Up until the twilight of the nominally Christian Roman empire, the church had been growing up, defining itself, and securing its political existence. Transitional times politically and economically translated into new structures socially and theologically. In response to change, the church grew new skins to house its treasured memories of Jesus the Nazarene. In the West there were new tribes of people who would be introduced to the faith. In both East and West there would be challenges to the faith from the new religion of Islam. New skins of the faith would include that of the crusading knight and of the crusading preacher. Alliances would be made between bishops of the church and warrior kings. The energy of the spontaneous monastic movement would in many cases be co-opted to support the powerful even while keeping up the appearance of devotion to sanctity. In the midst of all this evolution and change, there were many sensitive women and men who saw underneath the new skins of the church to a different sense of what the memory of Jesus called them to be. These are the folks who managed to stand out in a conformist age and in a culture and church that hardly tolerated such exceptional people with their out-of-the-box ideas.

Deep down I feel the Christian faith is potentially much more than the product that has been handed down to us by (mostly) men whose names became associated with the intellectual pounding-out of church orthodoxy, hierarchy, and laws. Some of it was surely lost or never fully allowed to develop itself. But I believe that something that is deeply true, something that is unmistakably and honestly real, can survive even the suppression of empire and the amnesia of whole generations of people. How many stories are there about genocide and near extinction in the Bible and in folk stories around the world? The Moses and Jesus infancy stories are prime examples of empire foiled by the return of the hero that the tyrant thought was wiped out. In my own studies, I noticed a theme repeated over and over again: someone stood up against empire, not with a sword or some political maneuver, but with words and a lifestyle of radical commitment. These new heroes were not critical scripture scholars—a category which didn't even exist yet—so the manner of their imitation of Jesus lacked in some ways historic continuity with his original message set in first-century Palestine. Like the crusaders, and like the monastics and martyrs before them, the new heroes forged new skins of the faith. Their skins had some resemblances to the gospel, some to the monastics and martyrs, some even to the crusading knights and lords of the spiritual realm who they were so closely related to in culture and context. But there was something very different about them.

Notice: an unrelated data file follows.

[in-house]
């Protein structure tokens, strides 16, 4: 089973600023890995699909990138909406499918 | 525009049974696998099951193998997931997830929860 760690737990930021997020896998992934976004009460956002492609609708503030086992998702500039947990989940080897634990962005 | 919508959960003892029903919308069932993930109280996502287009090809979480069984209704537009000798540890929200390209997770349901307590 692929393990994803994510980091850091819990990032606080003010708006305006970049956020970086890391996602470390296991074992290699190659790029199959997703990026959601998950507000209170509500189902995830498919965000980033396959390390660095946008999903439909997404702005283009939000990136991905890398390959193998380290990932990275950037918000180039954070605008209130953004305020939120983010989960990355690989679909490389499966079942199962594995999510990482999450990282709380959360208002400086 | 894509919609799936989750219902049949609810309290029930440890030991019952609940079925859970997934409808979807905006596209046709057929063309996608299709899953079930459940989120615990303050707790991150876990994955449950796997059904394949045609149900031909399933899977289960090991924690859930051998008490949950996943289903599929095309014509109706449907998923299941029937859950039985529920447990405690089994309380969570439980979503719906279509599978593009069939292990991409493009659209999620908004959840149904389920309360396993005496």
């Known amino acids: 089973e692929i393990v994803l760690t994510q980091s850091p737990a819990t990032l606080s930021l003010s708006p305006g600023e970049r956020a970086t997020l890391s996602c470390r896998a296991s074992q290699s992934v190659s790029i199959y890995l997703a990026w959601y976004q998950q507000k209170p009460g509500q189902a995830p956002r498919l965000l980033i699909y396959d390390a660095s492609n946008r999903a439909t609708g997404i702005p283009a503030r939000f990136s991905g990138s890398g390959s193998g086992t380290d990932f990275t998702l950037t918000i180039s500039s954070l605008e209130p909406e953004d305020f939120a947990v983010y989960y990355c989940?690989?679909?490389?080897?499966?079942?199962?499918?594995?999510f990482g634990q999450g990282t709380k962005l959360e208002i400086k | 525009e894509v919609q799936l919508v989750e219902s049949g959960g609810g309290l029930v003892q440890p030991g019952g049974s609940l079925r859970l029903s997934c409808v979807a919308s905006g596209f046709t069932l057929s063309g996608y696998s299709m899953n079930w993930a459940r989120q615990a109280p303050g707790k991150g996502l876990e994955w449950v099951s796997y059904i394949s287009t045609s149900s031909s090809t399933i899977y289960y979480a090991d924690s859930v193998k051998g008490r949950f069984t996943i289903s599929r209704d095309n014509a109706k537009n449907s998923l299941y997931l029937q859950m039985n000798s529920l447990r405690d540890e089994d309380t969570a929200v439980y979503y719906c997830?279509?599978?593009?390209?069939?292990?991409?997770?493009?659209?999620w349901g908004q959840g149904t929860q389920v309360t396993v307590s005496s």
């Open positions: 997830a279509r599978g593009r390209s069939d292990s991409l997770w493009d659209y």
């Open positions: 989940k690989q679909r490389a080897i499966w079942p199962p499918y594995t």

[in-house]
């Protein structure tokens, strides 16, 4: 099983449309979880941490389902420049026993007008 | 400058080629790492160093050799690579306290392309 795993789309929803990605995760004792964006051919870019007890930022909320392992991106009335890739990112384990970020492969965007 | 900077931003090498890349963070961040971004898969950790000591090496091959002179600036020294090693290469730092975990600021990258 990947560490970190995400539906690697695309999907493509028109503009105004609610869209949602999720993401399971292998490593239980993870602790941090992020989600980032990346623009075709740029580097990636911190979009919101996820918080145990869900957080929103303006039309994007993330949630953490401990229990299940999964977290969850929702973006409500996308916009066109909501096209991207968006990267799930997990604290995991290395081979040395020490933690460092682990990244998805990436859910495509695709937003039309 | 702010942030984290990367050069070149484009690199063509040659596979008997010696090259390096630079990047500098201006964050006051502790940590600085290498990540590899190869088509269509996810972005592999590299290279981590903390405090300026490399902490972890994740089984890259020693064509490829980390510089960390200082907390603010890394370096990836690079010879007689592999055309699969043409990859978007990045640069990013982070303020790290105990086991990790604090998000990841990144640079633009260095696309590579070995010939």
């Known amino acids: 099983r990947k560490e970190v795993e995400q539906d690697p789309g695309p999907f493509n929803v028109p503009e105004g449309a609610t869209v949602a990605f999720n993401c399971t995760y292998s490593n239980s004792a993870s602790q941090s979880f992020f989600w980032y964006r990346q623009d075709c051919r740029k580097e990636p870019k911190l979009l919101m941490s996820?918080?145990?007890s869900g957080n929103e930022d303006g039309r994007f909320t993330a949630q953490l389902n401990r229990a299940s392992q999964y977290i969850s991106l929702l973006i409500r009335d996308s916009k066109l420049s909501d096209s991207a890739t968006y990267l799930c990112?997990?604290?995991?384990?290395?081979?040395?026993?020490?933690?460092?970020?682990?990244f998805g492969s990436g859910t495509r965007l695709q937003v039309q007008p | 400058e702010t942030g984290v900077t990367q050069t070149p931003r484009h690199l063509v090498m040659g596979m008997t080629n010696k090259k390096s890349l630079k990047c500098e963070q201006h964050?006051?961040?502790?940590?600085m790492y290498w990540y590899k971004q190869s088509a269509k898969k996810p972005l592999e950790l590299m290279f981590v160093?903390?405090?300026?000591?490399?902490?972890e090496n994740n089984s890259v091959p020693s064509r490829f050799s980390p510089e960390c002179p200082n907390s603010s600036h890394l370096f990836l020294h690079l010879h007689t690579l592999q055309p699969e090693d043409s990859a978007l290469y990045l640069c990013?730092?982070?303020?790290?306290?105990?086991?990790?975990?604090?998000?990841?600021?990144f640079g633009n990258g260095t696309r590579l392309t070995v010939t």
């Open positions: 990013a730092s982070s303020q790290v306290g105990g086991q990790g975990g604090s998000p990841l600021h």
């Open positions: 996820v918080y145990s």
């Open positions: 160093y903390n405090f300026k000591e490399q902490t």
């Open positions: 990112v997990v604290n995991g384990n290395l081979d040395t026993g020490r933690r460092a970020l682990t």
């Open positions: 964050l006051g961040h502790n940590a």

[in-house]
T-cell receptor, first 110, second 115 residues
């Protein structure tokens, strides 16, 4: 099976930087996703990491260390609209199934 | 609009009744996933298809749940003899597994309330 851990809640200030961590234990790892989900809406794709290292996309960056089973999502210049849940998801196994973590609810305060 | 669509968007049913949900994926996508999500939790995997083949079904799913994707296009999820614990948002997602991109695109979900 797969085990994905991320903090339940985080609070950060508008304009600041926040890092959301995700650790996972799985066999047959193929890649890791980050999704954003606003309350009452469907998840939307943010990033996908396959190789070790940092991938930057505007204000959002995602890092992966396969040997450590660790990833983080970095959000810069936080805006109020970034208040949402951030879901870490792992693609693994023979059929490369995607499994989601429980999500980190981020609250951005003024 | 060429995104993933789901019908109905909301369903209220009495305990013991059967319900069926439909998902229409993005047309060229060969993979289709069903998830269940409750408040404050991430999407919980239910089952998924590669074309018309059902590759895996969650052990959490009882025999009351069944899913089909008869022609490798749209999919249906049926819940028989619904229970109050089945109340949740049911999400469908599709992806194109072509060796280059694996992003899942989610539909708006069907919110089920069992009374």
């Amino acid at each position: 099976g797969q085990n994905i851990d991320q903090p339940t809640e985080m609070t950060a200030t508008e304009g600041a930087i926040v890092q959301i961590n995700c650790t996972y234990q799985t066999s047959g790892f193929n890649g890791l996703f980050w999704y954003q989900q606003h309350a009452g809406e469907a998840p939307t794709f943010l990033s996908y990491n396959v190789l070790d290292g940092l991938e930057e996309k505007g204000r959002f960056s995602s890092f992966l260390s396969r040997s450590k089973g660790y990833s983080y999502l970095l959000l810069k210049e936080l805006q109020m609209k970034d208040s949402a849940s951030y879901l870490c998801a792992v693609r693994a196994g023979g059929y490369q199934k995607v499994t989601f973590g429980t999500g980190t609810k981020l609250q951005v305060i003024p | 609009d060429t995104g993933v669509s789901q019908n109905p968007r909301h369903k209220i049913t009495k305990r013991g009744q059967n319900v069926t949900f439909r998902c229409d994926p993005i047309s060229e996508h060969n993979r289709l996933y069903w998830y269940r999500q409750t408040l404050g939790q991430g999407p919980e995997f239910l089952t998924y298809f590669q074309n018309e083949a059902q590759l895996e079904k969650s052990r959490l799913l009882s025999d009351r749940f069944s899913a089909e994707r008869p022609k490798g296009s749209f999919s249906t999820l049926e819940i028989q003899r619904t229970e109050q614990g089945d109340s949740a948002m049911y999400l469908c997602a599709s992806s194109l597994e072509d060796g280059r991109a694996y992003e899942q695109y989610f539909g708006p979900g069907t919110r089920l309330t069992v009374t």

Different Strokes for Different Folks

I could talk about a number of witnesses who lived according to a hope bigger than empire. Clare of Assisi, Agnes of Prague, Beatrice of Nazareth, Mechthild of Magdeburg, Julian of Norwich, and the beguines are folks that come to mind. What a breath of fresh air to study these women! They lived a freedom of the spirit that eschewed the little intellectual boxes of their day. In an age of men and in a religious culture of crusade, they rocked as harbingers of a deeper contemplation-in-action, perhaps foreshadowing the perspectives of early Friends in the centuries to come. The beguines in particular found ways to break the mold of a woman as being either wife or nun with a corresponding focus that went beyond domestic duty or intercessory prayer. The beguines went out into the world to do good without concern for male escort or the oversight of an ecclesiastical “big brother.” It is interesting to note how their influence on the ancestry of my family of faith has been lost to a great extent to history's eraser. So much energy lost through lack of recognition! But the energy wasn't really lost forever. We have no idea how much of it has survived in the works of others, whether recognized or not.